Gareth Southgate has said his players should enjoy a celebration if they do clinch Euro 2020 qualification with victory away to Czech Republic on Friday, arguing that such feats should “never be taken for granted”.
The England manager pointed to the “flat” aftermath when they qualified for the 2018 World Cup in Lithuania this time two years ago, in contrast to countries like Portugal and even world champions France.
“I always like to remind the players that sometimes, the tournament seems so far away, but it’s the opportunity to qualify.
“The fact that we’ve got three matches at Wembley in the group stage is hugely exciting, so to qualify for any major tournament is a big deal, and just because to this point we’ve made that look comfortable, we should never take it for granted.
“I can remember the last time we qualified for the World Cup, it was very flat and then we were watching France and Portugal celebrate, it seemed very strange. So, I let them all have a drink in Lithuania and we got on with it.
“I think let’s see how we go. You’ve always got to enjoy any wins. One of the difficulties of the job is, again, we were talking about post-Kosovo, we weren’t very happy. So, you win 5-3, I’m miserable for a month! They get another game two days later. But, that’s the standard we’ve set. So, we have expectations of ourselves, and we don’t expect to be doing laps of honour for qualifying. But equally, it’s a step on the road and it’s something that you should enjoy. So, we’ve got to do it first.”
Southgate said it reflects how exciting the job has become.
“Well, I’m enjoying the development of the team and the players because we’re seeing… I think we’ve been able to encourage a different style for them. It was very difficult to take over and rebuild the confidence of the team from a really difficult European Championship and World Cup.
“So, I don’t think the team was in a confident place when we took over. Two changes of coaches in a very quick period of time. [I] needed to get to know more of the senior players better and now, of course, the majority of the squad we’ve worked with for a long period of time at junior and senior level, so we know what’s possible, we know the potential; they excite us, their application every day is top and they want to drive those standards themselves as well, so that’s definitely more enjoyable.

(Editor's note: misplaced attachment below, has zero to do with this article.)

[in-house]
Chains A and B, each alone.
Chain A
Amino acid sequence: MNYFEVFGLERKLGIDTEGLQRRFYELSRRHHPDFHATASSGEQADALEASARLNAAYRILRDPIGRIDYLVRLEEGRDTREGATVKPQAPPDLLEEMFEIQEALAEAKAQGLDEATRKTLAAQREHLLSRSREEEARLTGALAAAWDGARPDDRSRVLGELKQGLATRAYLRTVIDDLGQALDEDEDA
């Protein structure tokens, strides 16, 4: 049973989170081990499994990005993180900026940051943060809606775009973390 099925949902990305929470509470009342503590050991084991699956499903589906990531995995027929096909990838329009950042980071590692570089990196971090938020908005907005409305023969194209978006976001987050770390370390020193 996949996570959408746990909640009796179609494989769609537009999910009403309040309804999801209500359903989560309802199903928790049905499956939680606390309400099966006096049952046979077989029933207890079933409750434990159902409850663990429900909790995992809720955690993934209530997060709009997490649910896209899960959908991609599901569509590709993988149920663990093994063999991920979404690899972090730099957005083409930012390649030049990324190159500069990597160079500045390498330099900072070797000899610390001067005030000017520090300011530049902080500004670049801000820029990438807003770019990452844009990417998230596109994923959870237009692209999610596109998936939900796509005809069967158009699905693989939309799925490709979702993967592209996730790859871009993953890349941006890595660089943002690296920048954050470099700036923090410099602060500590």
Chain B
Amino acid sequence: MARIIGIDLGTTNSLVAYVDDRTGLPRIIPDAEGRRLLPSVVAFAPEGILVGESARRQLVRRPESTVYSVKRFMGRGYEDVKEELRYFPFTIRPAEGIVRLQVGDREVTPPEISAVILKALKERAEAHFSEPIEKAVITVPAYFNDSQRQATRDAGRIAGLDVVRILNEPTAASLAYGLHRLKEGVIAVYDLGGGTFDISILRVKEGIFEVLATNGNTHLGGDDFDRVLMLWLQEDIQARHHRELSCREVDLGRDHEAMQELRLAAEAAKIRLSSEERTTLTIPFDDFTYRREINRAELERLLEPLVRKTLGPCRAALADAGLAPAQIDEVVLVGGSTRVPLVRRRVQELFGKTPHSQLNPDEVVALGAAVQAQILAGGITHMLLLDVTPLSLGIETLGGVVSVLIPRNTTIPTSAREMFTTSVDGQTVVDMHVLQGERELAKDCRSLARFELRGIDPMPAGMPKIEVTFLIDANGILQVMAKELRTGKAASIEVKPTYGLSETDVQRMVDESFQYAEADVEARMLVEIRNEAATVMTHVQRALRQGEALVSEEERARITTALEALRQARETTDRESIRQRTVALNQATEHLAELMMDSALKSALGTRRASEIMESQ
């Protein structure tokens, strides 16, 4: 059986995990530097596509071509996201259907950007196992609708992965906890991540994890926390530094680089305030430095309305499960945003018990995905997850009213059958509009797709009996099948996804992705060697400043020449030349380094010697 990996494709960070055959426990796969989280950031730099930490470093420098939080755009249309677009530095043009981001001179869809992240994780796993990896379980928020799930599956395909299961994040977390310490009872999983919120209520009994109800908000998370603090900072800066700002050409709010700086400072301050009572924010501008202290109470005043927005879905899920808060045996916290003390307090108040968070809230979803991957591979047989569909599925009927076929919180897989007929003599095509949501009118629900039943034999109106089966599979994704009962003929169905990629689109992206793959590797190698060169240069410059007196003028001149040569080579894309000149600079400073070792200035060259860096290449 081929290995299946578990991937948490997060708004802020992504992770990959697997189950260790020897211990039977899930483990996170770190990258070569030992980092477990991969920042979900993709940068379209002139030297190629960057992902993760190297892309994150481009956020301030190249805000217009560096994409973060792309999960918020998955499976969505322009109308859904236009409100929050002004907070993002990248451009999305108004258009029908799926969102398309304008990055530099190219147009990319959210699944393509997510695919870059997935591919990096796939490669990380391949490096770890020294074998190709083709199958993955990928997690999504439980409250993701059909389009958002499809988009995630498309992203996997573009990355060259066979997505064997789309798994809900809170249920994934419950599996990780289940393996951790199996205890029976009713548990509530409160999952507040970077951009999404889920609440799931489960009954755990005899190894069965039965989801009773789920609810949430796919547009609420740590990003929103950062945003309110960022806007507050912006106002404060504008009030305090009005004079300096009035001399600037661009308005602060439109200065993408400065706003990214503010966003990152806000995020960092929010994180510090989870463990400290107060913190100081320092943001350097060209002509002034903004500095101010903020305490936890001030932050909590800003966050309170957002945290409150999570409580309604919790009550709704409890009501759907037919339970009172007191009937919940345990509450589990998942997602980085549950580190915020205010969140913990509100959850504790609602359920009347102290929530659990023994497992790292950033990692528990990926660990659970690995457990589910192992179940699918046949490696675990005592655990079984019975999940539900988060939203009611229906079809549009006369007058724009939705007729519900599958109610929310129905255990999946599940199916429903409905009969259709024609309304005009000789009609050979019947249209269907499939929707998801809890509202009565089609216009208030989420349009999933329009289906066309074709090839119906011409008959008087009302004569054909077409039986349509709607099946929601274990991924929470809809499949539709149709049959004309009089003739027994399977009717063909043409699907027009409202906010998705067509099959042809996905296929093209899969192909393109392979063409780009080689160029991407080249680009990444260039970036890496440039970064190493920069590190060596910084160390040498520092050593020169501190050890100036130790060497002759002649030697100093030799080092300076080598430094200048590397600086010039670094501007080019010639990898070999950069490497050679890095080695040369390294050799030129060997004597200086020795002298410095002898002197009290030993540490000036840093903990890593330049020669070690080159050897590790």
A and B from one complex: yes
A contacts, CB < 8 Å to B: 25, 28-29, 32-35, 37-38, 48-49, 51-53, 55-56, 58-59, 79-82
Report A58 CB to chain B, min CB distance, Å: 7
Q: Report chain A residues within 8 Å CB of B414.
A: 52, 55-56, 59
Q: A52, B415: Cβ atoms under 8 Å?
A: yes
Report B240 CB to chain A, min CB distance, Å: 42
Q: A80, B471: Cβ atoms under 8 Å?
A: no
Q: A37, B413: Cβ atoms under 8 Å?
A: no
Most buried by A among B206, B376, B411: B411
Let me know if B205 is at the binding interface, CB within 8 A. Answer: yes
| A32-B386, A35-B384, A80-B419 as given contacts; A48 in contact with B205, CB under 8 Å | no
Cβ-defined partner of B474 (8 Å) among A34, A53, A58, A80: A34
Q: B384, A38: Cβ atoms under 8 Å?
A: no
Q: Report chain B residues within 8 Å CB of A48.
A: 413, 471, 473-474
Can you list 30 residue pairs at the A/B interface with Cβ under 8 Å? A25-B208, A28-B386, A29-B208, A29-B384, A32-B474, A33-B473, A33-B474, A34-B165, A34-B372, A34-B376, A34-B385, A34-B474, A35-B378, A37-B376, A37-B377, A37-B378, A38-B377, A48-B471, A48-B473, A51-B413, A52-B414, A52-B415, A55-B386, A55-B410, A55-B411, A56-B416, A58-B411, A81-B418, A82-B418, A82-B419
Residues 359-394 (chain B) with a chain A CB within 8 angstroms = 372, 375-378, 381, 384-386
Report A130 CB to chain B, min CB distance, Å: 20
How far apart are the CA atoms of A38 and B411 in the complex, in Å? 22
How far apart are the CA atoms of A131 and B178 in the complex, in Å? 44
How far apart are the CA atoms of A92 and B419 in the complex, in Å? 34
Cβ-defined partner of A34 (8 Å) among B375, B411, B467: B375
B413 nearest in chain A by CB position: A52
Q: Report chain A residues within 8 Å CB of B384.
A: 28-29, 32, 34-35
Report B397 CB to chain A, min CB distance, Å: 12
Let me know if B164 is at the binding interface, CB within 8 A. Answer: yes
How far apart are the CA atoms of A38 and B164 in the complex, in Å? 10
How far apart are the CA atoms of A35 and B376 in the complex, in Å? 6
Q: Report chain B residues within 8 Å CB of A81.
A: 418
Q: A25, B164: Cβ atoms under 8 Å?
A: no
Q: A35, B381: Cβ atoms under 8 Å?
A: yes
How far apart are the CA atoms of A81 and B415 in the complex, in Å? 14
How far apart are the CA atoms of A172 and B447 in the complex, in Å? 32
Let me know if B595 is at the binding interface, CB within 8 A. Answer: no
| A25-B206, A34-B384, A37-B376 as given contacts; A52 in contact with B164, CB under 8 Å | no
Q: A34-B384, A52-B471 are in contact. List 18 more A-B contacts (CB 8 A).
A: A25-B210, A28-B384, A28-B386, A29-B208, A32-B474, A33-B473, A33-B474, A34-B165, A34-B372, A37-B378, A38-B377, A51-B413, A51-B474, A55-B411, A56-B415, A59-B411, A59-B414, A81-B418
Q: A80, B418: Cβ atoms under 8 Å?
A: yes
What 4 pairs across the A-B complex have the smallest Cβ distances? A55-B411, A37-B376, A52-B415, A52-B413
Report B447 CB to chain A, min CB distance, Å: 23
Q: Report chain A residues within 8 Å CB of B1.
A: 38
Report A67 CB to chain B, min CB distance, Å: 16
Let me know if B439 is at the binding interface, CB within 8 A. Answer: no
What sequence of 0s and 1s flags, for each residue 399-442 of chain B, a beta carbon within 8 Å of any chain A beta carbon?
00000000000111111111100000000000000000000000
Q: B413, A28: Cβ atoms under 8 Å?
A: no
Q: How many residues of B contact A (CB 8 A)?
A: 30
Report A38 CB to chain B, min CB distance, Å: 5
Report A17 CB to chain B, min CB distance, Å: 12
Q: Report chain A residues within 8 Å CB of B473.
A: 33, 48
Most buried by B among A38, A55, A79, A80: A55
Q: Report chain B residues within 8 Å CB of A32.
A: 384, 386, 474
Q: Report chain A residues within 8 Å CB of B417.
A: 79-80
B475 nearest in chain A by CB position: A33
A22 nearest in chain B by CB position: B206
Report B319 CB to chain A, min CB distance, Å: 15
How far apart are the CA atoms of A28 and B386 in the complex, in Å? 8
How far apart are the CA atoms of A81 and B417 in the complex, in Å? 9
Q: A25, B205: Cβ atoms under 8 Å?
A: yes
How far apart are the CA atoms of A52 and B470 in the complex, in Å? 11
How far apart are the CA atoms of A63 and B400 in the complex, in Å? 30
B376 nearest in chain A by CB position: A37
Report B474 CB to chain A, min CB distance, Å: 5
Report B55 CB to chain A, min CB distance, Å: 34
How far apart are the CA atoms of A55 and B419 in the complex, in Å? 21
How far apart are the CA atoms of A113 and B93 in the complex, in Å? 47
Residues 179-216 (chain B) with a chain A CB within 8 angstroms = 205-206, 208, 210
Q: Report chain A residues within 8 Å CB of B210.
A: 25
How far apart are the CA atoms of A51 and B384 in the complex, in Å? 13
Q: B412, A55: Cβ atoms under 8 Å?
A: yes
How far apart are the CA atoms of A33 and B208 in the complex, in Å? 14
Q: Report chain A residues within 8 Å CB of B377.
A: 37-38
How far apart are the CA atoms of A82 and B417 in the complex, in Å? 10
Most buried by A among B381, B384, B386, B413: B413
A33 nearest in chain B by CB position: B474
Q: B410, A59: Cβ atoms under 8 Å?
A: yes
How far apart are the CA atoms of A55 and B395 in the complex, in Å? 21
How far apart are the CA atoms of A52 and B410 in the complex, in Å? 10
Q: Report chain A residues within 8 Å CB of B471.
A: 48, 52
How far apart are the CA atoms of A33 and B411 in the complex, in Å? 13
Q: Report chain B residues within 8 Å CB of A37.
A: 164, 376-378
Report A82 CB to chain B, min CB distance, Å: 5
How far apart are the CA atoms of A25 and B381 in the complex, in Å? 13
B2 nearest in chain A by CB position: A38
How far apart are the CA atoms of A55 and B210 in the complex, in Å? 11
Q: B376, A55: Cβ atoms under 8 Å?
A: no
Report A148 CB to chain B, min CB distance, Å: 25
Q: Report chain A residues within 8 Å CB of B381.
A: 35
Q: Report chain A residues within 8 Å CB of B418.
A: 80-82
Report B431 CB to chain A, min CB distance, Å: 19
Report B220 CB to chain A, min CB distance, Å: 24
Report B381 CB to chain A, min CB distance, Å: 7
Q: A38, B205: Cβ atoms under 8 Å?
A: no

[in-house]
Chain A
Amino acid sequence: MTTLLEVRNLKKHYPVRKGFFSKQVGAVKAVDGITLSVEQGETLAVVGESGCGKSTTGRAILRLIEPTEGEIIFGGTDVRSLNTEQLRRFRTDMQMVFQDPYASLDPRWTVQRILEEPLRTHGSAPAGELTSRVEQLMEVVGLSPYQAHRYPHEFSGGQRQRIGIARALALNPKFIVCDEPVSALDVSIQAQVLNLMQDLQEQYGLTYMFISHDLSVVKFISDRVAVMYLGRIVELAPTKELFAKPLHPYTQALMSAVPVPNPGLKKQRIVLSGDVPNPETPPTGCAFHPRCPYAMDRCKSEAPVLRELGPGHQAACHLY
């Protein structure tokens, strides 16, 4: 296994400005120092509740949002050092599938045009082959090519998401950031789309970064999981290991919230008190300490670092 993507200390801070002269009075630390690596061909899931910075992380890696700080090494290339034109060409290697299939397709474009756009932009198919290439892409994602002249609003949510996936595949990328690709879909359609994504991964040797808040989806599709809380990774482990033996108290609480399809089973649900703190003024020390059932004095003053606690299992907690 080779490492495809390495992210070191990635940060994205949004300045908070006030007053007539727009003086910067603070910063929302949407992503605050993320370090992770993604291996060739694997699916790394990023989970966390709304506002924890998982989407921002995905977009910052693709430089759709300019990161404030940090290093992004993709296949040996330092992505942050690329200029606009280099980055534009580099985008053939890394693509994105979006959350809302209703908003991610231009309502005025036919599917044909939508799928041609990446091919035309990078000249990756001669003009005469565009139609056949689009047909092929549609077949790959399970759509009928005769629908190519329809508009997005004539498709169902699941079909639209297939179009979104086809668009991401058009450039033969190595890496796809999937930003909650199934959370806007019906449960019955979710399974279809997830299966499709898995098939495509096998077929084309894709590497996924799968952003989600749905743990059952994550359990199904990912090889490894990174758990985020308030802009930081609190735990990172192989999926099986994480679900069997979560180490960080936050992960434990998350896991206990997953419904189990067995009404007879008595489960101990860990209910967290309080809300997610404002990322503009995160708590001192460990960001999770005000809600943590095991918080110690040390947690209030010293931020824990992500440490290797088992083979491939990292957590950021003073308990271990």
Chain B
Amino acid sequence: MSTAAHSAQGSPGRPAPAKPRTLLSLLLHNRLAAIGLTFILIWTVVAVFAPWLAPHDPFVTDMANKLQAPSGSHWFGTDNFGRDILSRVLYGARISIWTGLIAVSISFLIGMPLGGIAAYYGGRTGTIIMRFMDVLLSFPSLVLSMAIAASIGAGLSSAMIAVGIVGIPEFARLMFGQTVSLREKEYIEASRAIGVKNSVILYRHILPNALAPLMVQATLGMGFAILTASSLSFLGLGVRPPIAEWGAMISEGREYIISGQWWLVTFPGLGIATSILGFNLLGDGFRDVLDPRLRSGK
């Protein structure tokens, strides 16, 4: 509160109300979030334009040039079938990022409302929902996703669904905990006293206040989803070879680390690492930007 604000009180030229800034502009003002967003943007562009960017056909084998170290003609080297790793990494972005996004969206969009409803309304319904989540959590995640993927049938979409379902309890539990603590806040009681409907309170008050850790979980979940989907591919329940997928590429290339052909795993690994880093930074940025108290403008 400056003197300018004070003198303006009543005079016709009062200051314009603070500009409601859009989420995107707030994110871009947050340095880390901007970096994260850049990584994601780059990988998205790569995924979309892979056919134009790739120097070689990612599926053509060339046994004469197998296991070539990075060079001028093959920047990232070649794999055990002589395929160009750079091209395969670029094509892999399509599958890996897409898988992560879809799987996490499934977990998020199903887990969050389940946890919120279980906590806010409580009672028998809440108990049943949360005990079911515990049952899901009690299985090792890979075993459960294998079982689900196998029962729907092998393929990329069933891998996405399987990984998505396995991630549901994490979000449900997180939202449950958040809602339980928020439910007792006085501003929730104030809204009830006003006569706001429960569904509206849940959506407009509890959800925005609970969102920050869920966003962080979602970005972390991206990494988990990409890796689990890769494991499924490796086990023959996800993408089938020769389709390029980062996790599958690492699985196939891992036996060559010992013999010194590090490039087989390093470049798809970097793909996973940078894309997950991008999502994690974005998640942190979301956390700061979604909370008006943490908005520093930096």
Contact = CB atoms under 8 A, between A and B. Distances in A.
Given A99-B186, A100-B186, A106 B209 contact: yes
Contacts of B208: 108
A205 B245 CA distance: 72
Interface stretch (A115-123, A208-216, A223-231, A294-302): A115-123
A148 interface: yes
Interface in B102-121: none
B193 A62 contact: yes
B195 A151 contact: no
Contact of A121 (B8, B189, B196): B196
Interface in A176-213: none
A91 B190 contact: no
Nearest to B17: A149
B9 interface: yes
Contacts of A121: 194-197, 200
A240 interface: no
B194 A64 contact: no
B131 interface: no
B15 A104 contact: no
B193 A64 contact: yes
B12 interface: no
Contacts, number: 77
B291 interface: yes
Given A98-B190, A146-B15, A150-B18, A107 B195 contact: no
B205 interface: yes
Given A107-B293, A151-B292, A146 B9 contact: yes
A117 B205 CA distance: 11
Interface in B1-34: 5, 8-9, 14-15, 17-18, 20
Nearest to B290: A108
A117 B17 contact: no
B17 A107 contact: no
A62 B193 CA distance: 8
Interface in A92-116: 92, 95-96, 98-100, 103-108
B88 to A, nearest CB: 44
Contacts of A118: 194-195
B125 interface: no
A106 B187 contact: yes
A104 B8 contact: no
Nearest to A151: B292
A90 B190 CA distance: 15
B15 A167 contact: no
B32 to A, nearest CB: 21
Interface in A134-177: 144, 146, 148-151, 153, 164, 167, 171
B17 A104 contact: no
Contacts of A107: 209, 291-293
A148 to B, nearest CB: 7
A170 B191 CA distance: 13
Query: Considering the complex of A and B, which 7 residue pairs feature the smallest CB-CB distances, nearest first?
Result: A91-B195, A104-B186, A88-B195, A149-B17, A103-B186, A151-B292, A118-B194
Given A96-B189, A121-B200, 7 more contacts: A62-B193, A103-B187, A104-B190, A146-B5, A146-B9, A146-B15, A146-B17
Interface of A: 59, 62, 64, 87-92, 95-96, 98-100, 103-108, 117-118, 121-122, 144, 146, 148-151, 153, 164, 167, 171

“It’s always been one of the best jobs going in football because you’re manager of your own country. There can be no bigger thrill and honour than that. Worldwide, England have always been one of the most respected football nations.
“I don’t think anybody has ever looked at it and said it isn’t an incredible job. I think what we’ve tried to do is enjoy it, and try and change the emphasis for the players so that they can enjoy it, that the shirt is one to be worn with pride but one that they feel they can really go and express themselves in,and not a burden.
“So, I think you’ve just got to attack challenges like that and, as you say, long term for England – whoever’s in charge – because these guys who are 18, 19, I’m unlikely to see all of their career out. English football, young players coming through, looks in a healthy state, but Raheem [Sterling] made the point in there: it’s only when we deliver, it’s only when the players deliver on big stages that we can really say that.
“So, there’s lots of good potential, we’ve won youth tournaments, which is a real positive step and good for the mentality of the players. But you have to constantly deliver.”
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